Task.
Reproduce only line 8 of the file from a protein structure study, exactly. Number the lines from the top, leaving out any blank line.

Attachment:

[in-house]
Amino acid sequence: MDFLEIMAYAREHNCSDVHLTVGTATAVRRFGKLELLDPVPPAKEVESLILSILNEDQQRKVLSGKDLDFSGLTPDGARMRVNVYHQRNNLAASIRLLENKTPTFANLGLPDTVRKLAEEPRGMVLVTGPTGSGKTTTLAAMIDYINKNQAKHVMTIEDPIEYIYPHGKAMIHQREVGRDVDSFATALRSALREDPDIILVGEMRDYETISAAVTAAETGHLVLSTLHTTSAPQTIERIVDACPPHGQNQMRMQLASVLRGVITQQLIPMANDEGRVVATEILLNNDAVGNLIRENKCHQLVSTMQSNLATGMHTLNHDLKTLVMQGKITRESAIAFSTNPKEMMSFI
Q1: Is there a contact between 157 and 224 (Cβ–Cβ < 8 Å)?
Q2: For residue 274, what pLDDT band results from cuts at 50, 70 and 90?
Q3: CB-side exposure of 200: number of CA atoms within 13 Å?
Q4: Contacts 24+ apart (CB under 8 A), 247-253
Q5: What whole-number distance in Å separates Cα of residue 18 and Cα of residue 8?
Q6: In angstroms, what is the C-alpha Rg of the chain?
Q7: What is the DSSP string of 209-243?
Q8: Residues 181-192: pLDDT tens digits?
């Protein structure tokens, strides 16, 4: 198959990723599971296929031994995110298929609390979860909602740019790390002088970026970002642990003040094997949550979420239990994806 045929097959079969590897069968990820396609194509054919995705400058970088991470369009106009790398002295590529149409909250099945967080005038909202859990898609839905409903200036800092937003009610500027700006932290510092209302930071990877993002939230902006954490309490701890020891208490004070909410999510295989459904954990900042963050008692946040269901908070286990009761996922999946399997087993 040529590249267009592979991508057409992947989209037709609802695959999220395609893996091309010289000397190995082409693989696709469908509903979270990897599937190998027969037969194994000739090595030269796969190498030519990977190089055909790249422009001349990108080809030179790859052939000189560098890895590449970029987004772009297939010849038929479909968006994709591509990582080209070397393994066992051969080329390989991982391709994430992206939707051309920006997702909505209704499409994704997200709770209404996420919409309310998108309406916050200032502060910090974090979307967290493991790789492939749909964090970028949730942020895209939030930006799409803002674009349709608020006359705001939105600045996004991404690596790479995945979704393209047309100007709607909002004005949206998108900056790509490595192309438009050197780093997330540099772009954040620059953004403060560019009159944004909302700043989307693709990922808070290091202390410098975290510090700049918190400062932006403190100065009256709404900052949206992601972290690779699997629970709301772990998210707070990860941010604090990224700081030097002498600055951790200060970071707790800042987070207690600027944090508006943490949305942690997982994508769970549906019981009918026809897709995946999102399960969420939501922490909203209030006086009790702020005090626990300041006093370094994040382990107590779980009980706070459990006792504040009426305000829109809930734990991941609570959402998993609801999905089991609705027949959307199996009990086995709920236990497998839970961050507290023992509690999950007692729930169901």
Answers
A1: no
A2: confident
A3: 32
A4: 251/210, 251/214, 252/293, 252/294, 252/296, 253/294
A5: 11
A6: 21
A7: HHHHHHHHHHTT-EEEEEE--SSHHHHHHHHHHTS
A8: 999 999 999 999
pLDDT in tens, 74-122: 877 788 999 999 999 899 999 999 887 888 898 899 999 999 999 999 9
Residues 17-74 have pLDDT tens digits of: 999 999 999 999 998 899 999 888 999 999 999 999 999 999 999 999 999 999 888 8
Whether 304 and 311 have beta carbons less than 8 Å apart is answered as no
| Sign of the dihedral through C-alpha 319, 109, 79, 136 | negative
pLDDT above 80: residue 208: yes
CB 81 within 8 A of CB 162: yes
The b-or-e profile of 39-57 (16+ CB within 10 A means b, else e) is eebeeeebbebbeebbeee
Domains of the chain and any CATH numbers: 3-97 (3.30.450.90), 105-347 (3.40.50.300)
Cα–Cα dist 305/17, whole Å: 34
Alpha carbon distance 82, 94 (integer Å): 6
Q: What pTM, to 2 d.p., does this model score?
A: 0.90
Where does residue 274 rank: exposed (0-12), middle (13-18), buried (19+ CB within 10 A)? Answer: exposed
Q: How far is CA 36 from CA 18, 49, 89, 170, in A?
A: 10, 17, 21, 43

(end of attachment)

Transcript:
Q6: In angstroms, what is the C-alpha Rg of the chain?